Outdoor Recreation: Connecting Rural Youth with STEM Careers
Joe Klementovich/The Conservation Fund
Science Technology Engineering and Math (STEM) Pathways for Rural Youth: Developing STEM Identity Through the Outdoors
For some rural communities, the outdoor recreation ecosystem is an integral part of the STEM learning ecosystem that connects rural youth with STEM and STEM career pathways. Landowners and forest managers construct and fly drones to inventory, map, and monitor resources. Hatcheries monitor fish levels and sustain populations for recreational fisheries. Backcountry skiers depend on snow science and avalanche forecasts to assess conditions. Outdoor recreation that youth in rural communities are currently engaging in can be sources of opportunities and experiences for cultivating their STEM identities and career aspirations.
Existing studies have shown the promise of specific, one-time interventions and discrete activities, however, none have situated activities in a broader ecosystem framework comprising a nascent and growing economic sector that is currently shaping rural communities.
This study is investigating the contributions of youth's (grades 7-12) participation in (or aversion to) outdoor recreation on their developing STEM identities and considerations of careers in STEM. Researchers will address three questions:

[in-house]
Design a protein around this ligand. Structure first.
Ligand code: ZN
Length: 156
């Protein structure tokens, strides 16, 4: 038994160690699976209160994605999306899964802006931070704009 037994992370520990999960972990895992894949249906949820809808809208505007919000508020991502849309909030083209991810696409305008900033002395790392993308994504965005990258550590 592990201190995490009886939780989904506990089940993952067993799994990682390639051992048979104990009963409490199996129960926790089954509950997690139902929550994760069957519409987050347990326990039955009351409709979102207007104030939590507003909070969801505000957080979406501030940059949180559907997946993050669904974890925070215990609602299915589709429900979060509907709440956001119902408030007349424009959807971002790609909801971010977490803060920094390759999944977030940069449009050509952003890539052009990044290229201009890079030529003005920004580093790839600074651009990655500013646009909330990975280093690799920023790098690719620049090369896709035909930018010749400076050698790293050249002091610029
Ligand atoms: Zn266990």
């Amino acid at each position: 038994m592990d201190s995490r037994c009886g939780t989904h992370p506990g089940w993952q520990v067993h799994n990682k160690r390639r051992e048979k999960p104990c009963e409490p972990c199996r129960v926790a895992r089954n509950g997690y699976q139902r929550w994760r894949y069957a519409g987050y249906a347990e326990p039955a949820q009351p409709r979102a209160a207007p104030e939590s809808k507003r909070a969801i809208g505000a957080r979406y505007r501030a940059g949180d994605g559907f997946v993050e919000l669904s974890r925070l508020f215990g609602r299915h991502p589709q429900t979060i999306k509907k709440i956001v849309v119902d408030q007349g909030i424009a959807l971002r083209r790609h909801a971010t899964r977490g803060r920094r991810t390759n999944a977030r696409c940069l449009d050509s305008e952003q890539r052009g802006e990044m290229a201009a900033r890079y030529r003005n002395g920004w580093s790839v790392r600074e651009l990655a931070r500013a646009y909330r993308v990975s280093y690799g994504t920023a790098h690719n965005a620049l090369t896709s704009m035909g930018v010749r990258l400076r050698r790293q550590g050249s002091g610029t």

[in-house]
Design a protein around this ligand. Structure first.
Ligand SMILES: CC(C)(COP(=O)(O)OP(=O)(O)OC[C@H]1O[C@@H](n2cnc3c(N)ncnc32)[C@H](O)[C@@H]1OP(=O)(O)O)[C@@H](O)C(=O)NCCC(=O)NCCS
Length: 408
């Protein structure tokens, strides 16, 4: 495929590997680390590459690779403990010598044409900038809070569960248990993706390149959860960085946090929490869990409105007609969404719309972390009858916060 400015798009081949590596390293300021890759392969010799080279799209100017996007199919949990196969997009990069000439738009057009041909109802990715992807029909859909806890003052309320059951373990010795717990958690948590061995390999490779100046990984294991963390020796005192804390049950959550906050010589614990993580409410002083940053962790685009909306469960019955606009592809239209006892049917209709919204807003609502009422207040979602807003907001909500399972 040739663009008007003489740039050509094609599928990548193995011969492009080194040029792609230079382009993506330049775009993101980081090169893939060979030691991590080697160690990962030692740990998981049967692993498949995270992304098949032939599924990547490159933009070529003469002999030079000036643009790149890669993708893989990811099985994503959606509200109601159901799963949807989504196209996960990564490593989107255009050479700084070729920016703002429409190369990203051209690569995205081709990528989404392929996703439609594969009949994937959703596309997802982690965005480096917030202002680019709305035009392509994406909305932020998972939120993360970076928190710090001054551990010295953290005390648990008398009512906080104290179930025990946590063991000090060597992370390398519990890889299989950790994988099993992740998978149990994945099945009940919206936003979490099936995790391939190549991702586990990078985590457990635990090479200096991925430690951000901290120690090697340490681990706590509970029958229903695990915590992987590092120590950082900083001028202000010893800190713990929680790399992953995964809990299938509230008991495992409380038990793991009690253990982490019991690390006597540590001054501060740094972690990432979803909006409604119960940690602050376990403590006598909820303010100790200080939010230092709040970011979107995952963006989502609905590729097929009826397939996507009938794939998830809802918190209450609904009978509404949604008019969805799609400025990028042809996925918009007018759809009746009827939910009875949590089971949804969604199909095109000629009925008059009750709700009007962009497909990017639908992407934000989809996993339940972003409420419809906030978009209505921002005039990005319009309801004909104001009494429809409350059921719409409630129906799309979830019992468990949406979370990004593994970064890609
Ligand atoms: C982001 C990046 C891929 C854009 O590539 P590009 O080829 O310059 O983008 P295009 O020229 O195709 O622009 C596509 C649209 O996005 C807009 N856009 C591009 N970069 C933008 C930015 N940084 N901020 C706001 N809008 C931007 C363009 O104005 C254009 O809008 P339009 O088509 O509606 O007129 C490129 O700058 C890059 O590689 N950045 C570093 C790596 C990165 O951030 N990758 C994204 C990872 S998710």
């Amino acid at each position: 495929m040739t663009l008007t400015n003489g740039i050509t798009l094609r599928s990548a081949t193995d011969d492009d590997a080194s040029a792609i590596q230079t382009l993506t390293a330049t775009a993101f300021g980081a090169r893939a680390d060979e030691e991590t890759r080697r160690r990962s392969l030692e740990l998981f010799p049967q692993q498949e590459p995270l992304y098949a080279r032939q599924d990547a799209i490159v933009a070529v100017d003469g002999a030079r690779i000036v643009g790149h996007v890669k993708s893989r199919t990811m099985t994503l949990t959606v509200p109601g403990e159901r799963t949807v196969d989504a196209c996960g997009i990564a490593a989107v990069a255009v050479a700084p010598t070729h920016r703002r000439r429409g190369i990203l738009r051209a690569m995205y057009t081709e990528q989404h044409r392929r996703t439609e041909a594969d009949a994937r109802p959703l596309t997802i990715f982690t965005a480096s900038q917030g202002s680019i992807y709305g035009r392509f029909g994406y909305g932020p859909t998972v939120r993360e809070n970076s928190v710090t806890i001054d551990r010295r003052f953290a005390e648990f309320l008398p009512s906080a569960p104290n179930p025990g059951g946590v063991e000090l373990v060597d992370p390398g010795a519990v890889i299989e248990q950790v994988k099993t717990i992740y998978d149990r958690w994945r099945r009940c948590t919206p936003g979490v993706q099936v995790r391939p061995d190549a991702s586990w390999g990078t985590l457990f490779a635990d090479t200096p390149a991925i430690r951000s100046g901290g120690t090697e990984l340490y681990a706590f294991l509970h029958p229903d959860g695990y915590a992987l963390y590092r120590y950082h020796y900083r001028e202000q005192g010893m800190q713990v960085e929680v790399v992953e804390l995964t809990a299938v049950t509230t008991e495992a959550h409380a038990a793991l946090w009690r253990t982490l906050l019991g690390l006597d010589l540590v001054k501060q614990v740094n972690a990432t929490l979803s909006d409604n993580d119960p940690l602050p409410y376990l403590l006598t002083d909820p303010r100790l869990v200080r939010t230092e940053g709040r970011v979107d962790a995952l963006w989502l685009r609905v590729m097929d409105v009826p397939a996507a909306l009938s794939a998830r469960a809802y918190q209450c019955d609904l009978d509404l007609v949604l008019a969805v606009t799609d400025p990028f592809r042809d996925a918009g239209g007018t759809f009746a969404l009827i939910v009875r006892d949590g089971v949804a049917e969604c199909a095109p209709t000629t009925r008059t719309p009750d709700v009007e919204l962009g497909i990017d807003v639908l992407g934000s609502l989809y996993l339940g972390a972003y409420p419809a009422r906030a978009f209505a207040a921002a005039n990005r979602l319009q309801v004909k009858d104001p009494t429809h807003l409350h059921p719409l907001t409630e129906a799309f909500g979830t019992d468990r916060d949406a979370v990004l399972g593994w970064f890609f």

- How can outdoor recreation be used as an informal STEM learning context to broaden participation for underrepresented rural youth who face known barriers to the traditional learning experiences necessary for developing positive STEM identities?
- How can outdoor recreation be used to increase the STEM career pathways for underrepresented rural youth?
- How do people in different positions in the STEM ecosystem view STEM as part of the future OR economy?
Investigators will employ experience sampling to involve 30 youth and 10 adults in rural communities in collecting their moments of engaging in outdoor recreation, and photovoice to encourage them to examine and reflect on these moments. Another group of 20 youth and 30 adults from the community will be interviewed to consider how members of the community perceive the viability of outdoor recreation as a part of future STEM career pathways. Researchers will use the UDL framework to design all materials and activities that are accessible to all participants and ensure that all voices are heard and valued.
August 2022 – November 2023
National Science Foundation's Advancing Informal STEM Learning (AISL) program
Amanda Bastoni, Principal Investigator (PI), CAST
Sam Johnston, Co-PI, CAST
Andrew Coppens, Co-PI, UNH
Jayson Seaman, Co-PI, UNH
Janet Gronneberg, Director of Strategic Advancement, CAST
For questions about this project, please contact Amanda Bastoni.